When you've read as many scripts as I have, you start noticing the same sort of stock characters popping up. And when you're a writer, you've probably inevitably written some version of those stock characters.

I'll plead guilty to writing a version of the One Dimensional Female Character From a Male-Driven Comedy, brilliantly played here by Cecily Strong. (I tried giving it a few new spins in my script and as it was sort of a self-aware rom-com a few of the cliches were intentional, but... yeah... We can probably do better.) In just a few short minutes, Strong cycles through every. single. stupid. cliche of this character.

Watch it. And then write female characters that are better than this.




If the embed doesn't work, just click here for the video.

Wednesday, December 10, 2014

Strong performances are a fact in THE THEORY OF EVERYTHING

THE THEORY OF EVERYTHING is a film that at first blush appears to be a biopic of the brilliant Dr. Stephen Hawking, but soon reveals itself as being more of an examination of the relationship between Hawking and his first wife, Jane. Rather than centering on the scientific breakthroughs that Dr. Hawking was responsible for, this is much more of a story about how Hawking's deteorating physical mobility altered the relationship between he and his wife, making Jane into as much, if not more, of a caregiver than a lover.

The film spans some 25 years of Hawking's life, starting with his pre-disease life as a student at Cambridge. It's there that he meets Jane, and the somewhat awkward Hawking manages to charm her with his wit. Before the relationship can get two serious, Hawking is diagnosed with ALS, a degenerative disease that will eventually rob him of his own mobility and even the ability to speak. His doctor gives him two years to live, which shatters Hawking so much that he pushes Jane away out of a desire to spare her.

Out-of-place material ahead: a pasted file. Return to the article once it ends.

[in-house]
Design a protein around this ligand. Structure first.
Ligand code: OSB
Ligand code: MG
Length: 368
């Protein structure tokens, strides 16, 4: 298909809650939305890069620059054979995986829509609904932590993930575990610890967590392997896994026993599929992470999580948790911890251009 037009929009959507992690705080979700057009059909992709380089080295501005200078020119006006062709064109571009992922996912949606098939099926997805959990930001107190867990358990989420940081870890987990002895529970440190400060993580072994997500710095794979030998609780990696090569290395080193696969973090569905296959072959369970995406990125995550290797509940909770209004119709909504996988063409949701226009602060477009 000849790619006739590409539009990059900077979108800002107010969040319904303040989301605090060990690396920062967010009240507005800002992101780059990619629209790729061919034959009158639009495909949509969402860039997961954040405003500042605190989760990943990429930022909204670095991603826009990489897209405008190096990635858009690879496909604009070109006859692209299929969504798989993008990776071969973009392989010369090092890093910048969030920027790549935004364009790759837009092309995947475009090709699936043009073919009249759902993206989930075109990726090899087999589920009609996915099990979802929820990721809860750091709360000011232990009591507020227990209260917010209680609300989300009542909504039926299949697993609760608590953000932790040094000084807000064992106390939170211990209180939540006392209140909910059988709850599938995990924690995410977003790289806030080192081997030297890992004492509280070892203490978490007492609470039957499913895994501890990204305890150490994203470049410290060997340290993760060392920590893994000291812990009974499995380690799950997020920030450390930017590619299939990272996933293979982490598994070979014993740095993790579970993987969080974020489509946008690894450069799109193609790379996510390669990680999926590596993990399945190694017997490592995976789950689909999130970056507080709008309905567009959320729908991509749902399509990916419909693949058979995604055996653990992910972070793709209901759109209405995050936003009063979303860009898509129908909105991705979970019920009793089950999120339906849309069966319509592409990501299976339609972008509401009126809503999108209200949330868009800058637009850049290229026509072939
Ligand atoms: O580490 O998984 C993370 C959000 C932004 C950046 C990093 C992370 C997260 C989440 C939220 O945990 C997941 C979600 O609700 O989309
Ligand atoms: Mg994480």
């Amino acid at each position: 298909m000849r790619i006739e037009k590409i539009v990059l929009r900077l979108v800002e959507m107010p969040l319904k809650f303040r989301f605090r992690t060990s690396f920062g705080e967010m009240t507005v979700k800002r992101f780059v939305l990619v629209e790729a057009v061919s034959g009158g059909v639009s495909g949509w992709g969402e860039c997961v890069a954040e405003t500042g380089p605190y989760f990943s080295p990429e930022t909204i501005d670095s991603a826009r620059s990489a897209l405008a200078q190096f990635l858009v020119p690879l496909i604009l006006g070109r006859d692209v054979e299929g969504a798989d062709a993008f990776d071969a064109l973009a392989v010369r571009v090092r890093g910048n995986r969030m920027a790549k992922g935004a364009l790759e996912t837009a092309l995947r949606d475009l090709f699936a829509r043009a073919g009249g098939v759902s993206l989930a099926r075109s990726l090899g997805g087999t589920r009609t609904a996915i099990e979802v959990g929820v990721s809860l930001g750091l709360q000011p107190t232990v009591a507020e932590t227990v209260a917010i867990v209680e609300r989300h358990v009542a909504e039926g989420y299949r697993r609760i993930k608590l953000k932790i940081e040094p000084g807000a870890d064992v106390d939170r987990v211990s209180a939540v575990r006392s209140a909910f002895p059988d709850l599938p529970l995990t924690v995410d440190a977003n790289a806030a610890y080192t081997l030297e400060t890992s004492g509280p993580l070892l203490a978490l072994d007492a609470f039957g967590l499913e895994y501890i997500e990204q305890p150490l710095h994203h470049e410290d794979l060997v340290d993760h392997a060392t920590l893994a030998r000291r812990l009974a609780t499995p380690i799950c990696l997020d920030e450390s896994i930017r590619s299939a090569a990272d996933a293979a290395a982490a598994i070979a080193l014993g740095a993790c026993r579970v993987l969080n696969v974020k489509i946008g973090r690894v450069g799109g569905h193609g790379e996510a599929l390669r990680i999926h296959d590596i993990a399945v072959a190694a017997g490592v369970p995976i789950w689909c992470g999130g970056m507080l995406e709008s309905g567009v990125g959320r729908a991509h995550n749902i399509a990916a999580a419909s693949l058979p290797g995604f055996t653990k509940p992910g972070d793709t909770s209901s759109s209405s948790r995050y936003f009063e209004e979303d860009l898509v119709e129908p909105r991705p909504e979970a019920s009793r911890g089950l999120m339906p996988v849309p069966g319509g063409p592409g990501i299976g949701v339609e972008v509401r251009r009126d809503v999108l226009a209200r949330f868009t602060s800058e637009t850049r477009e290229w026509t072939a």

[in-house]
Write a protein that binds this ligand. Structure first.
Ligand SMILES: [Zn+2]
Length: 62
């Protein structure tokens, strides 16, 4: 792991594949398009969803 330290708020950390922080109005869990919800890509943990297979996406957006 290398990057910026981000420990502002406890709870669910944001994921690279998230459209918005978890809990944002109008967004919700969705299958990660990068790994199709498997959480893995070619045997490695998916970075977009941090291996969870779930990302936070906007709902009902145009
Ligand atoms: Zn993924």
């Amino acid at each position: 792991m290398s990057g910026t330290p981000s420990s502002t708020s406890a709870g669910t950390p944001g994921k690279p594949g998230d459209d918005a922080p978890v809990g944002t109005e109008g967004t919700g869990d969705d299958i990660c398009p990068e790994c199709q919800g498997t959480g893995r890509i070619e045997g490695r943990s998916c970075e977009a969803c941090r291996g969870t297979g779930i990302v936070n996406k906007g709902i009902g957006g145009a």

The strong-willed Jane won't hear of it, and is determined to be by his side as long as he lives. While Hawking deteriorates, he and Jane marry and have two children. Hawking, who had already been recognized as brilliant by his instructors, continues his work. He proves that the universe had been birthed from a singularity, an astounding breakthrough. The script works to make Hawking's theories as accessible as possible to the layperson, and in one sly bit of writing, calls upon Jane to essentially translate Stephen's work for the audience. That scene is an exercise in both explaining rather abstract concepts to a general audience, but also in working in Jane's personality as she delivers what could have been dull exposition.

Felicity Jones imbues Jane with a great deal of strength and stubbornness, even as leaps forward to later years expose fault lines in the relationship. She and Eddie Redmayne as Hawking have strong chemistry, and I like the subtle exhaustion and sadness we start to see in Jane as she buckles under the weight of caring for Stephen herself. It's really hard to not get blown off the screen when placed opposite a performance like Redmayne's but Jones refuses to slip into the background.